Another day with rains and grayish sky. It has been liked this for days in Hamburg. The new semester has started again, master has recently become busier with his school jobs, which means no more traveling… While staying at home, I recall about our last adventures and the trip to Oslo in summer was the first thing that came up in my mind.
Oslo – Norway’s capital and its most populous city – left a strong impression on me because of its greenness. The name Oslo is probably derived from the word Ás (or Ås in modern Norwegian), which refers to the deities in Old Norse, and lo, meanings “meadow”, yielding roughly “the meadow of the gods”. The city lies at the northernmost end of Oslofjord and like the rest of Norway, Mother Nature has managed to make her mark here with soothing green hills, woodlands, and deep blue lakes.
Besides its natural beauty, Oslo also boasts overwhelming man-made beauty. The city is home to world-class museums and galleries rivaling anywhere else in Europe, varying from a 14th-century fortress to the distinctive Fram museum to the extraordinary open-air showcase of works by Norway’s best-loved sculptor, Gustav Vigeland.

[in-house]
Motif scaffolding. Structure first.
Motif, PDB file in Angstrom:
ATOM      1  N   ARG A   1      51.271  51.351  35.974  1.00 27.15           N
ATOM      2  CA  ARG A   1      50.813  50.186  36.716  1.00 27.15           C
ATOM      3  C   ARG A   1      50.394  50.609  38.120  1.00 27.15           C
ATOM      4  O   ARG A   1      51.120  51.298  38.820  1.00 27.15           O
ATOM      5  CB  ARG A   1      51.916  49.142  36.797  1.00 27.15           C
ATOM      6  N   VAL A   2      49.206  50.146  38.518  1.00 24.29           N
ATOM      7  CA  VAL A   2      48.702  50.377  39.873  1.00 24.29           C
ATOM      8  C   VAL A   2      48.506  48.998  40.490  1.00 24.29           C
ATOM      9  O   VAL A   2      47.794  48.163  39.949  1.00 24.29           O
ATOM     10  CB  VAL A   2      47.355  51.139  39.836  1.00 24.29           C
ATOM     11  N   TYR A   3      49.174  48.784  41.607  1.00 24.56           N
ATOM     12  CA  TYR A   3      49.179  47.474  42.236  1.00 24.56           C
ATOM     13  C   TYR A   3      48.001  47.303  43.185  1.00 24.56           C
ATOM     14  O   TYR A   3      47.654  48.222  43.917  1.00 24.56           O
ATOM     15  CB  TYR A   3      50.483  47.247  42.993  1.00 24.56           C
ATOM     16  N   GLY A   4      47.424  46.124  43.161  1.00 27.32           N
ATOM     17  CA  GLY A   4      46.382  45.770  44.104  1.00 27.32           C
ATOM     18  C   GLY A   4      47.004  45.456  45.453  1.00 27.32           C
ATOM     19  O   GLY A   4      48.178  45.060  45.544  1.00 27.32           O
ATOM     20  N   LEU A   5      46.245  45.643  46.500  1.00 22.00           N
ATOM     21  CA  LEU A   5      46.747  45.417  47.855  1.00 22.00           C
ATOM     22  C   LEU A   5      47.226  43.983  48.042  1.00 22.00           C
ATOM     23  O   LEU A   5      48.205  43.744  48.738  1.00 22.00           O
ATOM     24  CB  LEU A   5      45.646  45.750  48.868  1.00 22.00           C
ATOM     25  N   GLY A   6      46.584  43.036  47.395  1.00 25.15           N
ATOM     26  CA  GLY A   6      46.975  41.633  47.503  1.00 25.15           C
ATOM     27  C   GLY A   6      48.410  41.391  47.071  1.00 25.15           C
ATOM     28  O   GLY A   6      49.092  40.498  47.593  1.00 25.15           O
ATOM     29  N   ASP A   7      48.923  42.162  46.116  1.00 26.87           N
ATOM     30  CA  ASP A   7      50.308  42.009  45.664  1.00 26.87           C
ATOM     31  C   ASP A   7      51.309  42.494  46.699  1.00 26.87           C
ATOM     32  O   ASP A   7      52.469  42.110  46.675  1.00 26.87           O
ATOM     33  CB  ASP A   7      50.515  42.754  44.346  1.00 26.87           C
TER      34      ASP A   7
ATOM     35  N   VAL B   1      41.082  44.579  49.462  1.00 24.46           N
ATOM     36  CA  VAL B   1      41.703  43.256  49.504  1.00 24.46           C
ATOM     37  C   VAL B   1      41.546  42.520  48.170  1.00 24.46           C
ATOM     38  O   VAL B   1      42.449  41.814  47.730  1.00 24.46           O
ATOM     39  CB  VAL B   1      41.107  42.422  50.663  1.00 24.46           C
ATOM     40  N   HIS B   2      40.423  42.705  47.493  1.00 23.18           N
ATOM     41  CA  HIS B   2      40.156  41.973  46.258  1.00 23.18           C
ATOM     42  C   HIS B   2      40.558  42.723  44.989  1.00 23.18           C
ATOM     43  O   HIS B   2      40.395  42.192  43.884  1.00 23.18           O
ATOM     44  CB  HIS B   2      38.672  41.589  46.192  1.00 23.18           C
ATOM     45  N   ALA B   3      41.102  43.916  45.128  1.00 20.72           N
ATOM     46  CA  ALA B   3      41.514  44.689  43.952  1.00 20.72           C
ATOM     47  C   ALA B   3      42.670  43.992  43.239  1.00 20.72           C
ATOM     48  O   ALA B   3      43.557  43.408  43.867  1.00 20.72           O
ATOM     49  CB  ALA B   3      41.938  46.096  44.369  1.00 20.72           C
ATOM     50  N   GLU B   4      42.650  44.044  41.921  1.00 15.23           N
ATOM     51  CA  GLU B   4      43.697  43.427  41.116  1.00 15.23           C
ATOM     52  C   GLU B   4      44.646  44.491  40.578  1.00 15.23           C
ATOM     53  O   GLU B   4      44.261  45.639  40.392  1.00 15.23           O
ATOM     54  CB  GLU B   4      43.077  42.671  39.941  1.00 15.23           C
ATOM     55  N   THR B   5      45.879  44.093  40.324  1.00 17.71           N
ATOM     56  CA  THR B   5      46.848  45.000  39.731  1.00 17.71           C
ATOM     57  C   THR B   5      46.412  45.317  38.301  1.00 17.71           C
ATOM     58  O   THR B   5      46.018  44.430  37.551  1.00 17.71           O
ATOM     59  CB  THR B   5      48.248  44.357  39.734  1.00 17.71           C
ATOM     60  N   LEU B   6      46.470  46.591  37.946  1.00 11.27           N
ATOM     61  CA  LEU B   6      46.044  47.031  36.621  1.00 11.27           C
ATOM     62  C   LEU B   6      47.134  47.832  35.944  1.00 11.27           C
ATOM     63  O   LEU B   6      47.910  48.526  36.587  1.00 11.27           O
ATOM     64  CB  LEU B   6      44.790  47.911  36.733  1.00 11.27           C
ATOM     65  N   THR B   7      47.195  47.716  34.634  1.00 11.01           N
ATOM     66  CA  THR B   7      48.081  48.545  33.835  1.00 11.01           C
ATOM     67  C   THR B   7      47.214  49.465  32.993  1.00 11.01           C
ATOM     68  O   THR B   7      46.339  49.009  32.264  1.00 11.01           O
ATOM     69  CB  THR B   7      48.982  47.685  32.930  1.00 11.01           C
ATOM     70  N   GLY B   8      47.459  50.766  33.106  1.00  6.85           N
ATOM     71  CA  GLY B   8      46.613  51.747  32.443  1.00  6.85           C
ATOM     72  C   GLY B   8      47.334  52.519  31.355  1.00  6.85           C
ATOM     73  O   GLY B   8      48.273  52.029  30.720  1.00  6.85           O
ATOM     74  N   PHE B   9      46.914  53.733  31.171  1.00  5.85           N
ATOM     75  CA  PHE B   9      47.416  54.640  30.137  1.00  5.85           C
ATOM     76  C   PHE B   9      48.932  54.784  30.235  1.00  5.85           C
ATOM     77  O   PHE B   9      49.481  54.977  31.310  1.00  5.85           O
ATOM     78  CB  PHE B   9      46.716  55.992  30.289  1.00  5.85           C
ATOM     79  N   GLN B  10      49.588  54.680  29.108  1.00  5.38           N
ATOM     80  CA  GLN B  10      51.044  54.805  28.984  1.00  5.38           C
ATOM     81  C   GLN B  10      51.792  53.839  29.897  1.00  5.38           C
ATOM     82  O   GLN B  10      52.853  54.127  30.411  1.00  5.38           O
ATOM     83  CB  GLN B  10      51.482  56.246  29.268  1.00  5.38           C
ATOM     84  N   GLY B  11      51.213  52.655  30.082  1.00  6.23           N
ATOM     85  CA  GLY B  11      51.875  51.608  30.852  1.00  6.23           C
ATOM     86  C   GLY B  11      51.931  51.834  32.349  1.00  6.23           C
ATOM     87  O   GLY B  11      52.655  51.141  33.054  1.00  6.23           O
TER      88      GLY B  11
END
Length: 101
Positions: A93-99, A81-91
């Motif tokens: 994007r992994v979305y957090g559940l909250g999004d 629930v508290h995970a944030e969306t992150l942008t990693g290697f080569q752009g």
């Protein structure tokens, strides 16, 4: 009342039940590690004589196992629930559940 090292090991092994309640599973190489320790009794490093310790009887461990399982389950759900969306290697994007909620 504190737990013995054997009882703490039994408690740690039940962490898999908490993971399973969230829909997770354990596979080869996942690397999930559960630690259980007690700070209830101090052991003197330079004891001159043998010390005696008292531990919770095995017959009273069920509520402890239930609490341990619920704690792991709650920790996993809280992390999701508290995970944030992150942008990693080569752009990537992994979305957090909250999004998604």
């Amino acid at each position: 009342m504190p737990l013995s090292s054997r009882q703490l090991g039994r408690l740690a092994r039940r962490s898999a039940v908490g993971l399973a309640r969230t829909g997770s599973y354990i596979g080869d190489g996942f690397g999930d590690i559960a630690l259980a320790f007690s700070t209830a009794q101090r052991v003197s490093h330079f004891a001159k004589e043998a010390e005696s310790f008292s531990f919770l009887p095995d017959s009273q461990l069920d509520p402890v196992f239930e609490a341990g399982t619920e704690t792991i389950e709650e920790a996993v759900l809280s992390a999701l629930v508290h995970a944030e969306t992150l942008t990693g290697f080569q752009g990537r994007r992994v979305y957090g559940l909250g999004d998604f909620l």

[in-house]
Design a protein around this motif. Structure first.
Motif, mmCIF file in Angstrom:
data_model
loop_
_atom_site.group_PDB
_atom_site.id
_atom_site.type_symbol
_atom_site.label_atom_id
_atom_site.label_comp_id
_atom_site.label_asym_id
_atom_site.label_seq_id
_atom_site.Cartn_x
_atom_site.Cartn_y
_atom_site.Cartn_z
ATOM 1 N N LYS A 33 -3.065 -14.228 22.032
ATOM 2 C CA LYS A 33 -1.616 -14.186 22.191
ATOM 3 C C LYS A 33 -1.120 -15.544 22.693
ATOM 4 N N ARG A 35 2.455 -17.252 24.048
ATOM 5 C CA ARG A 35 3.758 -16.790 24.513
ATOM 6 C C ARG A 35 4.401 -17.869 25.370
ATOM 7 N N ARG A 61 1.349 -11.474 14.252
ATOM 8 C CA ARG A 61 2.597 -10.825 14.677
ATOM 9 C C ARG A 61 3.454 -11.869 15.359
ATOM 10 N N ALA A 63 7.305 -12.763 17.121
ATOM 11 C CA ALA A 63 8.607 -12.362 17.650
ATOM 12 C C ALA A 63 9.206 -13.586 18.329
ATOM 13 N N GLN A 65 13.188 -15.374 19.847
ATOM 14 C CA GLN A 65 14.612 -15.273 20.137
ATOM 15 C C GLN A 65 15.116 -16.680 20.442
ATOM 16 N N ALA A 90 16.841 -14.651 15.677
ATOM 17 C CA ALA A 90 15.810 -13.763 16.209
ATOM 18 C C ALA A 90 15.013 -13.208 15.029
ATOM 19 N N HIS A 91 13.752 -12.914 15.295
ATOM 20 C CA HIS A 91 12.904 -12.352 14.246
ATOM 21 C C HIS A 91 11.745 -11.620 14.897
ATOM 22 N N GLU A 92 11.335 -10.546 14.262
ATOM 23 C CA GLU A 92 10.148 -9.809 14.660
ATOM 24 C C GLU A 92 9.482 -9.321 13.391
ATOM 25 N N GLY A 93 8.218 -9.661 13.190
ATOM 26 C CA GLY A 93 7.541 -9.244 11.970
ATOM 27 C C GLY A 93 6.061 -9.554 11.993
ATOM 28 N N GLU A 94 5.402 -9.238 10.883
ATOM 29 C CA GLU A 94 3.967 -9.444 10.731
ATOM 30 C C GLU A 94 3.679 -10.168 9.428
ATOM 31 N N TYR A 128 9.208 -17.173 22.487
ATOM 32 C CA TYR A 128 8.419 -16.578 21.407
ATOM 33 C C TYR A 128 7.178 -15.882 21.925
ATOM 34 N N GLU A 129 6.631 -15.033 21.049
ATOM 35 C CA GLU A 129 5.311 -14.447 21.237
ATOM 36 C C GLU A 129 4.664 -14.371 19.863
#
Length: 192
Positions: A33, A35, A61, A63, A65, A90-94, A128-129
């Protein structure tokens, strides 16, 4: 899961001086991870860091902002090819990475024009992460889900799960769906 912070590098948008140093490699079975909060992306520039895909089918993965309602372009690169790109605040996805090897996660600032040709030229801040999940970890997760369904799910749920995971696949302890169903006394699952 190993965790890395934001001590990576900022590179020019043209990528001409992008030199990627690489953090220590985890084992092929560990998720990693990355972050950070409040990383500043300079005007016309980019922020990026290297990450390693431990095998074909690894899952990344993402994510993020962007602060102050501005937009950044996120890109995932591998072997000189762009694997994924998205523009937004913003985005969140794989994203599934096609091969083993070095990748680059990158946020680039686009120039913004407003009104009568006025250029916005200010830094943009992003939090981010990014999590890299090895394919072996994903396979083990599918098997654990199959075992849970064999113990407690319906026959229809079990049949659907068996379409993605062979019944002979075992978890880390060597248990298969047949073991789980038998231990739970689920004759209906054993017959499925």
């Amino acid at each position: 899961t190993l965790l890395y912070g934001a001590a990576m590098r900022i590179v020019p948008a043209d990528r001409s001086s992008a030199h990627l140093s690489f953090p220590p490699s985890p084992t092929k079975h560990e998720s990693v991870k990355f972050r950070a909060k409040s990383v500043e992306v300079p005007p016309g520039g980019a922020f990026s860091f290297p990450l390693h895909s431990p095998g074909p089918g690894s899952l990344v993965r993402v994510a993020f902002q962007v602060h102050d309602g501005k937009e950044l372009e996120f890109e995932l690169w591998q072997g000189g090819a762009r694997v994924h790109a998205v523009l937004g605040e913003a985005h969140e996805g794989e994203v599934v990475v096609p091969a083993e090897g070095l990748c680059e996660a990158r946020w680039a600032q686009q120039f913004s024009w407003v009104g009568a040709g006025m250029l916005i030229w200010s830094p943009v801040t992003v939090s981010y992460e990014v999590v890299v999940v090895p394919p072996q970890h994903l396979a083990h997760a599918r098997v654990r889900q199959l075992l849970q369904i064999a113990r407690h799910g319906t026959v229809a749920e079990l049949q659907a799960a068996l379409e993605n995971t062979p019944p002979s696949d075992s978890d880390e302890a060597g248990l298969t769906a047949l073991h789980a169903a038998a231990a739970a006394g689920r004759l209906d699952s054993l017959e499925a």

The most spectacular attraction lies, however, at its waterfront. Within a couple of years, the old harbor has been transformed into a modern glamorous promenade filled with new restaurants and bars, a futuristic-looking museum, and even a man-made beach. The centerpiece of the city’s rejuvenation is the magnificent Oslo Operahuset (Oslo Opera House) which powerfully evokes a fjord-side glacier. Nevertheless, it seems the change won’t stop there as city leaders want to make Oslo become the cultural capital of the whole Scandinavia.
- English is widely spoken in Oslo, as well as in other parts of Norway. So don’t worry if you cannot speak Norwegian.
- Norwegians are friendly and it is not difficult to start a conversation with them.
- Credit card and some European bank cards are widely accepted, we did not even have to exchange money (10 Nkr = around 1€).
- In comparison to the winter season, the price for accommodation sinks during July and August.
- Restaurants in Oslo are generally expensive. Another option: the Mathallen Oslo. A trendy, post-industrial-like food court offers high-quality food for a good price, and the best part: you don’t have to eat alone.
- Taxi is expensive and unnecessary because all attractions and the airport are easily accessible by public transport.
- Oslo Pass is in my opinion quite convenient if you intend to visit many attractions. It grants 24/48/72 hours access to all museums and free public transport within Oslo region (including the boat to Bygdøynes Penisula) plus discounts at many cáfes and restaurants. The pass can be either ordered online and pick up at the Tourist Center or bought directly there.
Have you been in Oslo? Do you have any tips or recommendations for me? I would be glad to hear from you.